Lawson v. Collins, No. 03-17-00003-CV, 2017 WL 4228728 (Tex. App.—Austin Sept. 20, 2017, no pet.).


Will Contests



The eleven children of the decedent had differing opinions regarding the validity of their mother’s will with some asserting that the will was valid while others claimed that the mother lacked capacity or that she was subject to fraud or undue influence when she executed the will. The children actively involved in the litigation signed a Rule 11 Mediated Settlement Agreement. This Agreement provided for binding arbitration if disputes under the Agreement later arose. Disputes did arise and the arbitration concluded. One of the children who was not previously involved with the litigation or settlement agreement then filed suit to contest the will. After the court granted a summary judgment against her, one of the children who agreed to the settlement opposed confirmation of the award and was joined by her unsuccessful sibling. The court rejected the opposition and signed an order confirming the award and ordering that it be enforced according to its terms. The child who initially agreed to the settlement appealed.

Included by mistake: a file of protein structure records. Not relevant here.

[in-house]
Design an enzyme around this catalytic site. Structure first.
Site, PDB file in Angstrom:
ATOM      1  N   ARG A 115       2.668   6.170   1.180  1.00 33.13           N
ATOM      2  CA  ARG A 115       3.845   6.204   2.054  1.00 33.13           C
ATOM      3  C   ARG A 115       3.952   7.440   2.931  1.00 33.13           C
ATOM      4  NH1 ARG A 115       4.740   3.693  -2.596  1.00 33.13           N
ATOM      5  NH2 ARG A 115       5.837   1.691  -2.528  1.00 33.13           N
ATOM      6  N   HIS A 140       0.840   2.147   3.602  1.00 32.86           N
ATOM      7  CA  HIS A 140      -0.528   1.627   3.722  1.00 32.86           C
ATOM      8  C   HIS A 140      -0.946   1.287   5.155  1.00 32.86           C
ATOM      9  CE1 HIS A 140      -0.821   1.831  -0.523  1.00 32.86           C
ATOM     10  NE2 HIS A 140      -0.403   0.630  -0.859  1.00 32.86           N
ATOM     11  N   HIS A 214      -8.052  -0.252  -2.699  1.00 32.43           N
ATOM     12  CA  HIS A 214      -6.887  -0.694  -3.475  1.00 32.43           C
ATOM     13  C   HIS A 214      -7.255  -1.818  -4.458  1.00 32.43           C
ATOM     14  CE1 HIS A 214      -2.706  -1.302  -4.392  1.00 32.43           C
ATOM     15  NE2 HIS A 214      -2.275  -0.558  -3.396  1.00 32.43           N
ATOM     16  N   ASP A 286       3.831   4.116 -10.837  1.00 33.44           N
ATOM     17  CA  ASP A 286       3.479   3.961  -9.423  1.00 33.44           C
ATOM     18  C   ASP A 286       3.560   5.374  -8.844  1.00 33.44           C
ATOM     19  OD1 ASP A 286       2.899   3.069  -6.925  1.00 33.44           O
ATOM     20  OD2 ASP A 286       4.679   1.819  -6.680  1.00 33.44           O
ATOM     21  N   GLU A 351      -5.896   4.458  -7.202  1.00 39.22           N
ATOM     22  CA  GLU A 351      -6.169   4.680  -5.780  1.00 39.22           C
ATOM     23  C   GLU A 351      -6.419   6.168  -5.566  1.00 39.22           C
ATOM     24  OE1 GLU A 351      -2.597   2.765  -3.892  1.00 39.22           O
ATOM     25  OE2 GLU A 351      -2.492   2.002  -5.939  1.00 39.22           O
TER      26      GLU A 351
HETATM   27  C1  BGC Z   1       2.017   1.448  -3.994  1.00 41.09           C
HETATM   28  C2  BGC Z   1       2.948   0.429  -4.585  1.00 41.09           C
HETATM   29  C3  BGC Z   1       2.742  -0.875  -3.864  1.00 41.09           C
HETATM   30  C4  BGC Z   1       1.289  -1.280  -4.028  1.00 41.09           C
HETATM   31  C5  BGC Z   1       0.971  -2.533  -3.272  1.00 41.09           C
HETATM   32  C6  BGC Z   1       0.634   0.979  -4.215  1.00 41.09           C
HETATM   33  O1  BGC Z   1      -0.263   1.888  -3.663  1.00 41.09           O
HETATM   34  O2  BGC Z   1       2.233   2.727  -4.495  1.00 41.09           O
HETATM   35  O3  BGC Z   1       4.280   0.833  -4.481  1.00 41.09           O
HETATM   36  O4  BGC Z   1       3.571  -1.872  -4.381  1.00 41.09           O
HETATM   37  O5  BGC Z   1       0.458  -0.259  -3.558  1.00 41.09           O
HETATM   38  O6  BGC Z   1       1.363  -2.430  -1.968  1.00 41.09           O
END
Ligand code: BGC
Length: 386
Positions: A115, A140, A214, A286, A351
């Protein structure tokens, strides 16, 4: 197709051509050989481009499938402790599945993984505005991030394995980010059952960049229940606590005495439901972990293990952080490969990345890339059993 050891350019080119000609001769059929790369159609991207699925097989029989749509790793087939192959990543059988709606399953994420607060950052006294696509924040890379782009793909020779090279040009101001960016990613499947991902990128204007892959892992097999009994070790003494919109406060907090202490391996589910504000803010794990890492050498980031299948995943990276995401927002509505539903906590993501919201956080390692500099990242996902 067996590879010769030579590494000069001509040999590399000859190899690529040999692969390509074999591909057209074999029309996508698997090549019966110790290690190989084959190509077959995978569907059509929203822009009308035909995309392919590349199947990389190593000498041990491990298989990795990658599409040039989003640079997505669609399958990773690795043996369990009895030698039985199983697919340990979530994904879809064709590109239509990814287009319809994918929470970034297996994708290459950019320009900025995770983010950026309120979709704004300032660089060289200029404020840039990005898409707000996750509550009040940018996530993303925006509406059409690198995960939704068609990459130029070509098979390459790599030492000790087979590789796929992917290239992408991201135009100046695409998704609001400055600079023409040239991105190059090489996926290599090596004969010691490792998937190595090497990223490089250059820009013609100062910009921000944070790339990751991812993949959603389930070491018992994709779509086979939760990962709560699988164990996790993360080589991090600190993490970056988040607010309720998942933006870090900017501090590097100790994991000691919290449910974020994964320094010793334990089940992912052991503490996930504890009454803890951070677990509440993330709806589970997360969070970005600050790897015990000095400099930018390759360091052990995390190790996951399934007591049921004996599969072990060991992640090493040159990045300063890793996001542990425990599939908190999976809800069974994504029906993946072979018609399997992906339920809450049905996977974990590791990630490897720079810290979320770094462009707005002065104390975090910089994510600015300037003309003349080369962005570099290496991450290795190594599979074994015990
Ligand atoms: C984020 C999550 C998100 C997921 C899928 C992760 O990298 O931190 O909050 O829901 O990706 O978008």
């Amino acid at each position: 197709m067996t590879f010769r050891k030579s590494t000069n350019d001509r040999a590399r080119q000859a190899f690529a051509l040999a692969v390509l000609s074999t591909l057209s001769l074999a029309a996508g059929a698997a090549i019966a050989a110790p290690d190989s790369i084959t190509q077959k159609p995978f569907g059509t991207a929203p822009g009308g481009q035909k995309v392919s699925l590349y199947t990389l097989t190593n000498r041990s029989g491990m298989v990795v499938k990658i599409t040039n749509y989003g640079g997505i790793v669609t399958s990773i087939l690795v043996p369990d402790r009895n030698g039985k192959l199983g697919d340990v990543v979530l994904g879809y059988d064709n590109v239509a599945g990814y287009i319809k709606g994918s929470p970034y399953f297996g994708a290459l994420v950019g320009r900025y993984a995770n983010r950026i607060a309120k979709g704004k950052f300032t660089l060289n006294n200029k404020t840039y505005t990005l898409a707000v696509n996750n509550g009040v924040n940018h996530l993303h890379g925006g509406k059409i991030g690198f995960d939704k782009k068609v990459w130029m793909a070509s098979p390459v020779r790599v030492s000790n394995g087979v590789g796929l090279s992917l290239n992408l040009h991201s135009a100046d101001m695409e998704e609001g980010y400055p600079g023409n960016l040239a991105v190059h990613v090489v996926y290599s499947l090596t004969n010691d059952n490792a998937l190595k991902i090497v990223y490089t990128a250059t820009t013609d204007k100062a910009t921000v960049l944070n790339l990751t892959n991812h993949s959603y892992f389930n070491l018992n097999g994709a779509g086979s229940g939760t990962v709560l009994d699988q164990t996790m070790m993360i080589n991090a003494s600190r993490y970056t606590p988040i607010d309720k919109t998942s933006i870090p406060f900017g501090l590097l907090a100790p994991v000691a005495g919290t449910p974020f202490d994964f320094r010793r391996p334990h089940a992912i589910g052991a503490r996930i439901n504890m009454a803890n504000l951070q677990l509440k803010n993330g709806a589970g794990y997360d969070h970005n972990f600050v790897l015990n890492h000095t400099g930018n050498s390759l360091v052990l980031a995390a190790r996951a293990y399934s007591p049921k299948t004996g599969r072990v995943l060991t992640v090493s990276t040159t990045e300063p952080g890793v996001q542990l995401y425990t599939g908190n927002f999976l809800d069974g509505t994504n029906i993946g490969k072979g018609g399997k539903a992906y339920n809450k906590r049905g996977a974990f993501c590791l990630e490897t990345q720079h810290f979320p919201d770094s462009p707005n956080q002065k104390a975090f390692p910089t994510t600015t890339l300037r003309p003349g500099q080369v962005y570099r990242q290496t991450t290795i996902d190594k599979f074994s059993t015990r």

The appellate court affirmed. The court first addressed the child’s claim that she was coerced by the mediator to agree to the settlement. The court agreed that the trial court was not in error for not allowing a hearsay affidavit in support of her coercion claim. The court also agreed that it was permissible for the trial court to exclude a hearsay medical report showing that the child lacked the mental capacity to enter into the agreement. The court held that it did not matter that she did not sign the settlement agreement because the arbitration award is final once the arbitrator signs it; there is no requirement that the parties sign it as well. The court also rejected a multitude of other creative but ineffective arguments.


Moral:  Once a litigant agrees to settle a case, the litigant should not try to interfere with its later enforcement of the settlement merely because of “settlement remorse.”




The trial court refused to admit testimony of a handwriting expert that would show that a will was a forgery on the basis that he was not timely designated as a testifying expert. The appellate court rejected that claim that designation was not needed because the hearing was on merits of the case; it was not a preliminary hearing not on the merits where designation may not be a basis for excluding an expert’s testimony.


Moral:  A will contestant should timely designate testifying experts.